Today’s Sunday Mirror reports that thousands of confidential medical records have apparently been stored outdoors in a car park in an industrial estate for months. The paper alleges that
DHL Healthcare, which provides services for more than 100 NHS trusts, left out documents reportedly containing patients’ names, addresses and details of their medical conditions.
The paperwork is also believed to contain security “key codes” that enable DHL ambulance drivers to open the front doors of patients’ homes so they can be taken to hospital for treatments such as dialysis and chemotherapy.
Although the article doesn’t mention it, I am sure the Information Commissioner (IC) will take a keen interest in this.
Of particular interest is the fact that this apparent breach is said to have involved an organisation, DHL Healthcare, which doesn’t provide healthcare services itself. According to its website it provides “logistics services for the healthcare industry”. I also note that it provides a records management service. It seems almost certain that it acts under contract to NHS bodies. As such, in the terminology of the Data Protection Act 1998 (DPA), it is a “data processor” and an NHS body which instructs it is a “data controller”. Under the DPA, only the latter – the controller – is responsible for complying with the Act, and only the latter is liable to attract enforcement action for serious breaches of the DPA.
The seventh DPA data protection principle places an obligation on a data controller to ensure that
Appropriate technical and organisational measures shall be taken against unauthorised or unlawful processing of personal data and against accidental loss or destruction of, or damage to, personal data.
Where processing of personal data is carried out by a data processor on behalf of a data controller, the data controller is not to be regarded as complying with the seventh principle unless—
(a)the processing is carried out under a contract—
(i)which is made or evidenced in writing, and
(ii)under which the data processor is to act only on instructions from the data controller, and
(b)the contract requires the data processor to comply with obligations equivalent to those imposed on a data controller by the seventh principle.
This means that where an NHS Trust contracts with – say – a records management service, it must enter into a written contract which demands that the contractor must do nothing other than what the contract says, and must have robust data security measures in place. If the contract does not say that then the NHS body is prima facie in breach of the DPA, and liable for any serious breach which might occur.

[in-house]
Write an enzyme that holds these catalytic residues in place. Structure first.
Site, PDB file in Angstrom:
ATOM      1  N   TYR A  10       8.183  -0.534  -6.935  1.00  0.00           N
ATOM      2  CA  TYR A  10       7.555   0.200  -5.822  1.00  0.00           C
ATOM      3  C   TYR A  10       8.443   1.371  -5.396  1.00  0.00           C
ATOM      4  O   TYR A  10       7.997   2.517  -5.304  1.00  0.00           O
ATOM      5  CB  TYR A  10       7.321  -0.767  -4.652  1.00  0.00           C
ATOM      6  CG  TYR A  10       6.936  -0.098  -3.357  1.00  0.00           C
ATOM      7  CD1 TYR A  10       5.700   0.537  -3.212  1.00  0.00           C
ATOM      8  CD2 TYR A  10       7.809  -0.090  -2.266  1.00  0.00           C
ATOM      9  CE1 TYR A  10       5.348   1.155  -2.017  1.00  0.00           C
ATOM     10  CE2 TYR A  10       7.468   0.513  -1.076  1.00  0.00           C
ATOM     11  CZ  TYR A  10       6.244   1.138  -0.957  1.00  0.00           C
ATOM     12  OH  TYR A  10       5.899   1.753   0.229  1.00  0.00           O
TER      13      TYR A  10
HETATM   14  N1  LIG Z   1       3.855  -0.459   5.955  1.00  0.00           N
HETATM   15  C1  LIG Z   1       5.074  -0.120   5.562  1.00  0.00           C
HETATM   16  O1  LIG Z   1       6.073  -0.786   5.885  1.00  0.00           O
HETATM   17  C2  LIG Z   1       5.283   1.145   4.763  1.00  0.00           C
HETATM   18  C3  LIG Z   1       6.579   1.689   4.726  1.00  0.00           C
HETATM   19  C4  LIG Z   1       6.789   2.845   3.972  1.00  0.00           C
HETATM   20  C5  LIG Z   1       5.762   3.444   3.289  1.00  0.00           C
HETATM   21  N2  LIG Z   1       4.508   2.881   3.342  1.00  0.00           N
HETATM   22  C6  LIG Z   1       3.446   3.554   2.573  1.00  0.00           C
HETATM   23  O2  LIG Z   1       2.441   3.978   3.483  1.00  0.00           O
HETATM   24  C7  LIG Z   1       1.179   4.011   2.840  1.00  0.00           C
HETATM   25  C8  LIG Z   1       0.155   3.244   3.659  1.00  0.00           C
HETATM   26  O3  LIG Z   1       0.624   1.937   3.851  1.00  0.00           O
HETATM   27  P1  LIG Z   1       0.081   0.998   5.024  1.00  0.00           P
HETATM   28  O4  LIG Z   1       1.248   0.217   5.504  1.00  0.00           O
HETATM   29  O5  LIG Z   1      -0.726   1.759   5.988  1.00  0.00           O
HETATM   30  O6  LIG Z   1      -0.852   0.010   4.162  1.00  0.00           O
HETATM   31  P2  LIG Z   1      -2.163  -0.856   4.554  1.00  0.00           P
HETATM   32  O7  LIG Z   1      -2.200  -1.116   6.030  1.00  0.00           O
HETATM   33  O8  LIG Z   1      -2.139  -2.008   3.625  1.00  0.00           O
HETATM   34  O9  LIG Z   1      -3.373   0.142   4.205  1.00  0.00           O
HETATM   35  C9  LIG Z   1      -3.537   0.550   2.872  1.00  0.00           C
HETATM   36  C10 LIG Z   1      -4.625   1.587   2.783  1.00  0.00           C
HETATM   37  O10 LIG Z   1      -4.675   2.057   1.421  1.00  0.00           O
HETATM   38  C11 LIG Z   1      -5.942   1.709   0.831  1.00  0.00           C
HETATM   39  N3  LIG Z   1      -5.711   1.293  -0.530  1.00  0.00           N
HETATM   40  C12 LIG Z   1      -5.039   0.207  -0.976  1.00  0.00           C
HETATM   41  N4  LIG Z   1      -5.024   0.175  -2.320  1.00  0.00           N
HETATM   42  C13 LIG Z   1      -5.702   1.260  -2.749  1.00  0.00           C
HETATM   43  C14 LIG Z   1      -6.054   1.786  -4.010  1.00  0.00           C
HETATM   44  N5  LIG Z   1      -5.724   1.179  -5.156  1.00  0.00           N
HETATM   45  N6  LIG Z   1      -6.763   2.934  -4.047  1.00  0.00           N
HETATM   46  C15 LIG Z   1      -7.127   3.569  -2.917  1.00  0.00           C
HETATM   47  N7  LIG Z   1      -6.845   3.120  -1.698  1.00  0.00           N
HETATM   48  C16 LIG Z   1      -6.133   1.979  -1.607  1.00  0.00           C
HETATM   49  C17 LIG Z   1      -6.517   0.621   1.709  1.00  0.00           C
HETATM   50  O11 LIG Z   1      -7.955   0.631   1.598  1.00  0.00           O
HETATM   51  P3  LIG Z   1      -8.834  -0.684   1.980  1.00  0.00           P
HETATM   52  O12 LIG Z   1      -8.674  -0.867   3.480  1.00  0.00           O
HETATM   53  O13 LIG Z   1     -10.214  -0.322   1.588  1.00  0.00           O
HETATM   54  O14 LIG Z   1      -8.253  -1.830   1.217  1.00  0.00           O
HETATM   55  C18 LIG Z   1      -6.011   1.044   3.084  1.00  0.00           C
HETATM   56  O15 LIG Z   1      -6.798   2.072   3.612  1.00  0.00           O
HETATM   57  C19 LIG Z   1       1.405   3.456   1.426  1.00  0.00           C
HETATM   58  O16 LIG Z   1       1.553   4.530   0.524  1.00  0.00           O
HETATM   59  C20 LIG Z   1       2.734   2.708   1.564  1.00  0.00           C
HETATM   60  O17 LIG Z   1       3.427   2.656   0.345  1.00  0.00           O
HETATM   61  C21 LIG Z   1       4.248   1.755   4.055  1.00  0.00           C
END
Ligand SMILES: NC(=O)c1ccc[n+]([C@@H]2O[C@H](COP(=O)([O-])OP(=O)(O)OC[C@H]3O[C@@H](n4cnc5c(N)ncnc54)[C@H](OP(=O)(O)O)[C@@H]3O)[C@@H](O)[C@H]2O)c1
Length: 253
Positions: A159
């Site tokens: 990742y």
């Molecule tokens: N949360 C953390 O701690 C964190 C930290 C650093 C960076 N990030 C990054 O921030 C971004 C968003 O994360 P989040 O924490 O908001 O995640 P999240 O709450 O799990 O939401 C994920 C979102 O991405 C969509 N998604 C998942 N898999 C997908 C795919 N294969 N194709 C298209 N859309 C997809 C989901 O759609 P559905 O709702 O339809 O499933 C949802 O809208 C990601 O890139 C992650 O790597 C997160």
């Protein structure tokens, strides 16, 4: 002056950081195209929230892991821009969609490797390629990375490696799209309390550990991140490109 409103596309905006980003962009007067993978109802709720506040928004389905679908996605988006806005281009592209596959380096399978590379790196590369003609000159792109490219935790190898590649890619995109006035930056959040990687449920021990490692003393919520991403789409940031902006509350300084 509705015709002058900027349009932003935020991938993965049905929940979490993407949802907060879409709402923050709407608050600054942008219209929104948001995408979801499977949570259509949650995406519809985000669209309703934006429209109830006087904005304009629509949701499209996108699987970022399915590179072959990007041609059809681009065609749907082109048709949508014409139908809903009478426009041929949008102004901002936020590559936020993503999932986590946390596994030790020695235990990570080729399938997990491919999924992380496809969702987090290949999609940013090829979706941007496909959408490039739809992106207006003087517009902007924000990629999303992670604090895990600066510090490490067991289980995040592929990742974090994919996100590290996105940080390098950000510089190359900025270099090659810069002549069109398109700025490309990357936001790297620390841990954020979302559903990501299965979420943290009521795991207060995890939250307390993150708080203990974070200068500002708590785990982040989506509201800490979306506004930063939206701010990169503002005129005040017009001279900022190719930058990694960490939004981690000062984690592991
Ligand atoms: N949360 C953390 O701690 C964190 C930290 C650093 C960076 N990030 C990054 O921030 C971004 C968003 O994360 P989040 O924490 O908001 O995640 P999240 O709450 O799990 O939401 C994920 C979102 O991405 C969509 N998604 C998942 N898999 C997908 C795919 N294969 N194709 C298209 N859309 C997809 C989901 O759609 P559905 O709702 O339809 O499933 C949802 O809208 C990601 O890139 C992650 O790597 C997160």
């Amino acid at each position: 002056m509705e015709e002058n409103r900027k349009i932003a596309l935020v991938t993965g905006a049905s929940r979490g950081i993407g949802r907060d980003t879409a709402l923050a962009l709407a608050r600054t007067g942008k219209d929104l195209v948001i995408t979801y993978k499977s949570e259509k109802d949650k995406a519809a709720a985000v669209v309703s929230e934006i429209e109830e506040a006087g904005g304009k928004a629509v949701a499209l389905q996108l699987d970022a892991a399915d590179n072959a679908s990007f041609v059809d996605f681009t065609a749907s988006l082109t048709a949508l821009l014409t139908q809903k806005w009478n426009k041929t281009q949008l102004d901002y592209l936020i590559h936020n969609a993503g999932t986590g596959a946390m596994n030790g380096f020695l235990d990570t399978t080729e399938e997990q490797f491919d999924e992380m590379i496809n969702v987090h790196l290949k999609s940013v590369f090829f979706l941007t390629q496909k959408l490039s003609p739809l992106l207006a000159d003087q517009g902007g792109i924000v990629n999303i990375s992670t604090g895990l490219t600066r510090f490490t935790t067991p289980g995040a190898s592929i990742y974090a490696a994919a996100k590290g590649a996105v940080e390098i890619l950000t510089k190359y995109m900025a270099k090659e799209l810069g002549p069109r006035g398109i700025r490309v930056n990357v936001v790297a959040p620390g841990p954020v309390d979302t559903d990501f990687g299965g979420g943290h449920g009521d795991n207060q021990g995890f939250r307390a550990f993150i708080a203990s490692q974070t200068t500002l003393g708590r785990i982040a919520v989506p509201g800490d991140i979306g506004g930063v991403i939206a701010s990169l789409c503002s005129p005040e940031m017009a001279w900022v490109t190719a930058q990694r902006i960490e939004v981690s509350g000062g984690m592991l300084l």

Thus, in 2012, Brighton and Sussex University Hospitals NHS Trust was “fined” (in reality, served with a s55A DPA Civil Monetary Penalty Notice) £325,000 by the IC after hard drives containing sensitive medical data ended up for sale on the internet. The IC said that the Trust
failed to choose a data processor providing sufficient guarantees in respect of the technical and organisational security measures governing the processing to be carried out, and take reasonable steps to ensure compliance with those measures.Further, the processing was not carried out under a contract between the Trust and HIS (whether made or evidenced in writing) under which the data processor was to act only on instructions from the data controller, and which required HIS to comply with obligations equivalent to those imposed on a data controller by the Seventh Data Protection Principle
Any investigation into this latest incident will likely involve assessment of the nature of the contracts in place, and the extent to which data controllers contracting with DHL Healthcare took reasonable steps to ensure compliance by the contractor. However, it appears to be the case, under current law, that if the IC determines there was a robust contract in place, and the data controller took all reaosnable steps to ensure compliance, no enforcement action can ensue. This seems slightly strange, but the DPA (which gives effect to the European Data Protection Directive) does not allow the IC to take action against the contractor. (Of course the other party to the contract could take civil action of its own, but this would almost certainly be only for breach of contract).
The draft European Data Protection Regulation seeks to deal with this possible gap in the law. Draft Article 26 (read with Articles 24 and 30) provides that
If a processor processes personal data other than as instructed by the controller, the processor shall be considered to be a controller in respect of that processing and shall be subject to the rules on joint controllers
This apparently sensible and minor amendment might, though, have major implications for contractual arrangements to process data. If a data processor becomes (jointly) liable for breaches it is likely to assess risk in a much different way when entering into a contract. “Traditional” data controllers need to be alive to the potential financial implications of this.
One final note. Under current law, a data controller is
a person who determines the purposes for which and the manner in which any personal data are, or are to be, processed
Could it be argued that, even now, when a contractor diverges from the terms of a contract, and decides to process data in a different way, they are in fact determining the purposes in a way which could potentially make them a controller? I would be interested to know if this has ever been argued.